Without Congressional approval, Bush ordered forty thousand US troops to “defend Saudi Arabia”, despite no sign of any intention by Iraq to attack the Kingdom. Washington lied that Iraq’s troops were massing on Saudi’s border. They were not.
Entirely forgotten, is that just ten days after the invasion, Saddam Hussein, a staunch supporter of Palestinian rights, announced that Iraq would with draw from Kuwait, if Israel withdrew from Israeli occupied Palestinian territories. The United States rejected the offer, out of hand. Subsequently Iraq proposed withdrawal without the stipulation relating to Palestine. Washington rejected it as “a complete nonstarter.” For Washington, seemingly, war, war, is ever preferable to jaw, jaw. Heaven forbid peace should ever reign, the military industrial complex’s billion $s munitions bonanza would dry up and the remnants of the US economy with it. (For graphic unravelling of the unholy conspiracy in this, between media, military and politics, see: “The Global Economic Crisis – The Great Depression of the XX1 Century”, Chossudovsky and Marshall, http://www.globalresearch.ca/index.php?context=va&aid=20425)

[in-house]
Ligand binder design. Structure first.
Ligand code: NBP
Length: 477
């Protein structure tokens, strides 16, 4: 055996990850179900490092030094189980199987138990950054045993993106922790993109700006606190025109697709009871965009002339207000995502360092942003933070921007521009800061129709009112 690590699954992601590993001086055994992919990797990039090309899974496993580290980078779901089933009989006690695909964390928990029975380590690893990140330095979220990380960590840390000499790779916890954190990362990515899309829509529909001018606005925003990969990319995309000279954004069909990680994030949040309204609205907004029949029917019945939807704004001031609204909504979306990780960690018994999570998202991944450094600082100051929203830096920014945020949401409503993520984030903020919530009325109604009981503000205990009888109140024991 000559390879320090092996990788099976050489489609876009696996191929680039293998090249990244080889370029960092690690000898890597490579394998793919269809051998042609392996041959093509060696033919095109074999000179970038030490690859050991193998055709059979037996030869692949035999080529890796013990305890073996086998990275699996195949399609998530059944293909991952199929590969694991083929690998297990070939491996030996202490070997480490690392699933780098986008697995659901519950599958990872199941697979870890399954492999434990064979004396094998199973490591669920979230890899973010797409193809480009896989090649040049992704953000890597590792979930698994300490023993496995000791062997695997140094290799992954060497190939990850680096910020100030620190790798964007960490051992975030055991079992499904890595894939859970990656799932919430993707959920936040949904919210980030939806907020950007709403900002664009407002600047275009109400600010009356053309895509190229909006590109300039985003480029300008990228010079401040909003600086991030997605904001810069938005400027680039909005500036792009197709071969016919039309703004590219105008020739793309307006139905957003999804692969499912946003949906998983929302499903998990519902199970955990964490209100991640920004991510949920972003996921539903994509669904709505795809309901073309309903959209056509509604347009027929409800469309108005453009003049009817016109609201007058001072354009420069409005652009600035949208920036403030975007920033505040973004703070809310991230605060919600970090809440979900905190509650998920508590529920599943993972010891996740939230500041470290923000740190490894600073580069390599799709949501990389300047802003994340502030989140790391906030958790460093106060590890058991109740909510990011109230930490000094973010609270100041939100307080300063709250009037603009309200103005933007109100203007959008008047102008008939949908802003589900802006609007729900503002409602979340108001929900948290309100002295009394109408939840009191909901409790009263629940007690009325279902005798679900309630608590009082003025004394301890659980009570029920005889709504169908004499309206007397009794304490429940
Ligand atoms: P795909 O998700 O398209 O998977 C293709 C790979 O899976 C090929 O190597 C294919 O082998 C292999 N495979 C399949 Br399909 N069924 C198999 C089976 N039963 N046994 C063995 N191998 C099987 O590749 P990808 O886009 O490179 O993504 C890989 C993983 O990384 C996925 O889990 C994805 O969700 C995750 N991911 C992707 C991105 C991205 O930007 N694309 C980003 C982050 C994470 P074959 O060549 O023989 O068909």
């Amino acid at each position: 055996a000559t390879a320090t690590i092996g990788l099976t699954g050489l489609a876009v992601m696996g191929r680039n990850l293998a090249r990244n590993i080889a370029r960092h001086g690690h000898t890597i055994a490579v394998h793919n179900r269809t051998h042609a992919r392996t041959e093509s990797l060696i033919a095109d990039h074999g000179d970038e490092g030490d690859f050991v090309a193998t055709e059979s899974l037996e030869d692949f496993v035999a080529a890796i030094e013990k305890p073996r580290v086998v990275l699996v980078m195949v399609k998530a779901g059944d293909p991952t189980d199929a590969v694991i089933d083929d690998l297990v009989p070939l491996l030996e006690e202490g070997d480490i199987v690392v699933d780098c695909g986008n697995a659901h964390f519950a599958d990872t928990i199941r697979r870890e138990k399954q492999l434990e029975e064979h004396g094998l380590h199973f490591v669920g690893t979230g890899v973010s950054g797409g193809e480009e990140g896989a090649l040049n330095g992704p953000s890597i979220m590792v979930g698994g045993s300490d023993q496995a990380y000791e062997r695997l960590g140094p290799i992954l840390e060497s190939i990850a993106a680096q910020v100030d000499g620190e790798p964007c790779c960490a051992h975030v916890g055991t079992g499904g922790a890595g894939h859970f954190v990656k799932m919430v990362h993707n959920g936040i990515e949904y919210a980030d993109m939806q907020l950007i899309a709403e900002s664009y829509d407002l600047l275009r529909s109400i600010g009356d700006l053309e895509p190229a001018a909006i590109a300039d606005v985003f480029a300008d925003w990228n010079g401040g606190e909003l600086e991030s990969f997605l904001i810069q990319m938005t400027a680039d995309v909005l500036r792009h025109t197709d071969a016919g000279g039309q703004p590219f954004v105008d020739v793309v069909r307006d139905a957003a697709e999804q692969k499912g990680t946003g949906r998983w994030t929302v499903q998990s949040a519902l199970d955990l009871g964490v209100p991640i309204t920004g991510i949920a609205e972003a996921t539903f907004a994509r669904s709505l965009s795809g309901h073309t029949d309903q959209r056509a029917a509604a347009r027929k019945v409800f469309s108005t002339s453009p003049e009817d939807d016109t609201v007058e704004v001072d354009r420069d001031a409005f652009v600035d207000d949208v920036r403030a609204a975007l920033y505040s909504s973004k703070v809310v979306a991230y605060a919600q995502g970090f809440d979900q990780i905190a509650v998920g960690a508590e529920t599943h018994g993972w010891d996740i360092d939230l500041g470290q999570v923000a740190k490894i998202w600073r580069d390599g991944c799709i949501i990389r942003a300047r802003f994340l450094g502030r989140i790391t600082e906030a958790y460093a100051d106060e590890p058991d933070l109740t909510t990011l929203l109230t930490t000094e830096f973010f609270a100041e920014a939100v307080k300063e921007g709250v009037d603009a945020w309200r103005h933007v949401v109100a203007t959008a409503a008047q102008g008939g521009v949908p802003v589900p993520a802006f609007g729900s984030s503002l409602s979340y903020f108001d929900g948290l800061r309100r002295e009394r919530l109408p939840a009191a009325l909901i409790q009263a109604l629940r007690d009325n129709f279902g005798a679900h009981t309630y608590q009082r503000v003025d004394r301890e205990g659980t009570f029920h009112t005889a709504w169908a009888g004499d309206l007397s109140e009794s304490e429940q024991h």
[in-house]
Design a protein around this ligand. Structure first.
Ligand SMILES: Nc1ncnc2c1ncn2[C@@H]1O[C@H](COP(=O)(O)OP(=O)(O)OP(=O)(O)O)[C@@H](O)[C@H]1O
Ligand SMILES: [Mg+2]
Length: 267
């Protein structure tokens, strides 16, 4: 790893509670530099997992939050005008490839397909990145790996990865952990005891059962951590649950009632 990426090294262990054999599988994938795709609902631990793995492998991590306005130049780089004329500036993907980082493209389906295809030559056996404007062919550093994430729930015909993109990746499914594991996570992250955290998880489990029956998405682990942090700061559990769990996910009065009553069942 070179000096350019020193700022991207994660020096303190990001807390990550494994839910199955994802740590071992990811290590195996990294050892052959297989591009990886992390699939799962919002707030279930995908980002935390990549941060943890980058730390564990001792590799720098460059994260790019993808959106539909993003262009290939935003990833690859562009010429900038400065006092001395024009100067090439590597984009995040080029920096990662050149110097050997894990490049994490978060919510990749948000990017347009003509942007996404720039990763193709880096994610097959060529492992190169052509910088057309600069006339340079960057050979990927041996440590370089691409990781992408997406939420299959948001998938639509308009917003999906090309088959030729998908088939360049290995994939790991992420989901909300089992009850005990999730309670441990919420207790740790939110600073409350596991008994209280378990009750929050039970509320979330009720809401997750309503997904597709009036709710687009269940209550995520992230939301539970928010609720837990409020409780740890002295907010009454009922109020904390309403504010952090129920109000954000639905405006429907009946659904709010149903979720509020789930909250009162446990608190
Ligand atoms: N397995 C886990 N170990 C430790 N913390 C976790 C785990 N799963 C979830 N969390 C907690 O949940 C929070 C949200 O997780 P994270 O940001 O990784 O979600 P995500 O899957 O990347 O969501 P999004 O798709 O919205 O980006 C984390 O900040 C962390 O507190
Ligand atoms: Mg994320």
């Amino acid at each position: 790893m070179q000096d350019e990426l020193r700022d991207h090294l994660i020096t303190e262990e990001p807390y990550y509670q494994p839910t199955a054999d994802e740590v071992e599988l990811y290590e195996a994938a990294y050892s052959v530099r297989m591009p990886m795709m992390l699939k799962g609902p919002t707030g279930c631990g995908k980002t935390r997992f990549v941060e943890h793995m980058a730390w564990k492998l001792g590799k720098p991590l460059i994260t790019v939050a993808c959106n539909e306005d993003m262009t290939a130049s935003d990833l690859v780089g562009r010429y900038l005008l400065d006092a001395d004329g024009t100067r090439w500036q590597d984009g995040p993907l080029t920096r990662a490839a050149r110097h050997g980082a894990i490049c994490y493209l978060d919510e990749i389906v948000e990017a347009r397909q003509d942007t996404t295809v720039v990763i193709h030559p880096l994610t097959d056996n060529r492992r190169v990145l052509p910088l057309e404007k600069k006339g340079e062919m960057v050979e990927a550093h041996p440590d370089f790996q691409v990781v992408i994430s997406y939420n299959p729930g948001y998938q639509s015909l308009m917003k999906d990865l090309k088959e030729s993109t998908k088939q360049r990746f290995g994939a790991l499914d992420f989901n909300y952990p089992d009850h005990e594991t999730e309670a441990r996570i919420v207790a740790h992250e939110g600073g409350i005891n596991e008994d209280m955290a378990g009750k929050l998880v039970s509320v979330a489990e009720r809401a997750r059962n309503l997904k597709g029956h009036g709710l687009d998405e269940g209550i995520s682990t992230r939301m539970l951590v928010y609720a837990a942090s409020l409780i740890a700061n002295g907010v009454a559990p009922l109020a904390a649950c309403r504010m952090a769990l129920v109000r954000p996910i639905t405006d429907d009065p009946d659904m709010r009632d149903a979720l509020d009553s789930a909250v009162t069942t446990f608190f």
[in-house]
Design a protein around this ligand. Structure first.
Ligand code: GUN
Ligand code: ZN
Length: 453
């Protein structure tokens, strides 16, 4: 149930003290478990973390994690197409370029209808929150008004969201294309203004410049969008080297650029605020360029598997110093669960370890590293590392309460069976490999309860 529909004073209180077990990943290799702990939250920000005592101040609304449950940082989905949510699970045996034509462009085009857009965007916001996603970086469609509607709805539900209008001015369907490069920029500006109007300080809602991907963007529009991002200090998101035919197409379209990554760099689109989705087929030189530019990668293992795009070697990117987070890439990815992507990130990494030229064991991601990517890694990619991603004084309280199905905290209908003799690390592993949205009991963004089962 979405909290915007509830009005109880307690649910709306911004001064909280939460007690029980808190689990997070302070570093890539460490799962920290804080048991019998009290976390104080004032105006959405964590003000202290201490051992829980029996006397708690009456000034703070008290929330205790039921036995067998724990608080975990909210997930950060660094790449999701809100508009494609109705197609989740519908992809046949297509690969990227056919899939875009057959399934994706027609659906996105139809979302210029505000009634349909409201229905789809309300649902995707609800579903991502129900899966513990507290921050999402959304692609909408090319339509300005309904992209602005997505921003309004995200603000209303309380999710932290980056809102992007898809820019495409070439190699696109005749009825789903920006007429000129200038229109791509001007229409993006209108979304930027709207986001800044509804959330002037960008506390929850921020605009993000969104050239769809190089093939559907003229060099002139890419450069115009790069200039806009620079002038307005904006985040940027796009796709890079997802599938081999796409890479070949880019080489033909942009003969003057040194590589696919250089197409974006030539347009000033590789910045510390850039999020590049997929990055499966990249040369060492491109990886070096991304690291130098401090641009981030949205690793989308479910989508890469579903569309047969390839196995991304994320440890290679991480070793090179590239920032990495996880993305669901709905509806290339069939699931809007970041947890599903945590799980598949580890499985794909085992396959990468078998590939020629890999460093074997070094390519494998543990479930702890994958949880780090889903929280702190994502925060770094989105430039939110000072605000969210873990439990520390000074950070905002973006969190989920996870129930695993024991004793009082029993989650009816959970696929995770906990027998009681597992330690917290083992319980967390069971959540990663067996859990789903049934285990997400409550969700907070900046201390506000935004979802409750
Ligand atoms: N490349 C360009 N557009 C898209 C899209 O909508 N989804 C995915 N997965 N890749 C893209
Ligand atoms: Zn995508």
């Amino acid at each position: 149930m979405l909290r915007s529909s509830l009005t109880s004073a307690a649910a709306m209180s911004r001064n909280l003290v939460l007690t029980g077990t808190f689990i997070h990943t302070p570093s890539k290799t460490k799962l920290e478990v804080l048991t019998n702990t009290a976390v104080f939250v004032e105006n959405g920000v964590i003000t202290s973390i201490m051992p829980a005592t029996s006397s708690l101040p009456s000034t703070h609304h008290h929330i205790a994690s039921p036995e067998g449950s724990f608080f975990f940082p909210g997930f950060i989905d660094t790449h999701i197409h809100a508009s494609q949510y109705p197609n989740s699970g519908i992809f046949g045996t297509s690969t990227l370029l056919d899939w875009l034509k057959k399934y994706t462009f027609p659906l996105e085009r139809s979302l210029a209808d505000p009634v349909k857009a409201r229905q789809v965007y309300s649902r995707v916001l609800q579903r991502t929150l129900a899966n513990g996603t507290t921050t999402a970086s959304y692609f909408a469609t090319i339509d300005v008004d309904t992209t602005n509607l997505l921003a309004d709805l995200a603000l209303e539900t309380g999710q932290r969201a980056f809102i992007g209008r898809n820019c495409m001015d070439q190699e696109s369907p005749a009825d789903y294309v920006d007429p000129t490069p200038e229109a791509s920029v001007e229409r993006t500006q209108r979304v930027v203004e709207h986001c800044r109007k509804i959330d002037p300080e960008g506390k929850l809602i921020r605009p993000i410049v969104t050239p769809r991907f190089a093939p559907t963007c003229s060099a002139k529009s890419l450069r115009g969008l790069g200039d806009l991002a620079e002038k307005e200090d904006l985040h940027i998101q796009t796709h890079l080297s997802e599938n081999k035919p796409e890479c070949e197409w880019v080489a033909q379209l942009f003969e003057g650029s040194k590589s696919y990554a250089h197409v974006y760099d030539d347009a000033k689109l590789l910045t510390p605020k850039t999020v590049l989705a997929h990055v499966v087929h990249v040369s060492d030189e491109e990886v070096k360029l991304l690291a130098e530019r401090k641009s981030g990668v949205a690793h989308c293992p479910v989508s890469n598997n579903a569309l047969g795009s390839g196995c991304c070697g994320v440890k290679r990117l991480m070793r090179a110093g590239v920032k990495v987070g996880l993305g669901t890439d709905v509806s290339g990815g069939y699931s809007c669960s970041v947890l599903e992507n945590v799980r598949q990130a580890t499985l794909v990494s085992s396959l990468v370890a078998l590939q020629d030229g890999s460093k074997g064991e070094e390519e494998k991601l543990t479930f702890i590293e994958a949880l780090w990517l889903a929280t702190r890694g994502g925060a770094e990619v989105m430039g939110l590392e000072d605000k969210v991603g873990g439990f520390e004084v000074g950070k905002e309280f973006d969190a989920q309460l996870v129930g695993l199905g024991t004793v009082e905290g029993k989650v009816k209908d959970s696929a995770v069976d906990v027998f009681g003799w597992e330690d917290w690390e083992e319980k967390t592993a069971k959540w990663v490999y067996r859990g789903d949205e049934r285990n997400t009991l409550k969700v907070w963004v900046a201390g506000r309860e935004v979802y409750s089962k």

The US having refused all negotiation, then dispatched an extra three hundred and sixty thousand US troops to the Gulf at the end of November, the UN Security Council passed UNSCR 678, threatening force of Iraq did not withdraw by January 15th – Iraq having offered to withdraw, albeit with conditions on August 12th., and without conditions a short time later.
In Geneva, on 9th January 1991, then Secretary of State James Baker (a “diplomat” who stated: “We will reduce Iraq to a pre-industrial age”) met Iraq’s Foreign Minister, Tareq Aziz, with a letter from Bush Snr., promising the destruction of Iraq, if Kuwait was not withdrawn from by 15th January. Tareq Aziz stated he would not deliver the letter.
On 17th January the forty two day assault on Iraq began, as now well documented, deliberately destroying all infrastructure necessary to sustain society, including the deliberate targeting of all water purification facilities, with an exact time line of how long it would take Iraq’s complex water system “to fully degrade” issued to all NATO Command Headquarters.(2) Somewhere in Iraq’s ashes lay all the painstakingly crafted legal Treaties, Conventions and Principles, on war crimes and treatment of civilians in conflict, never to surface again, as far as the US and UK were concerned, arguably now officially signed up to “rogue state” status.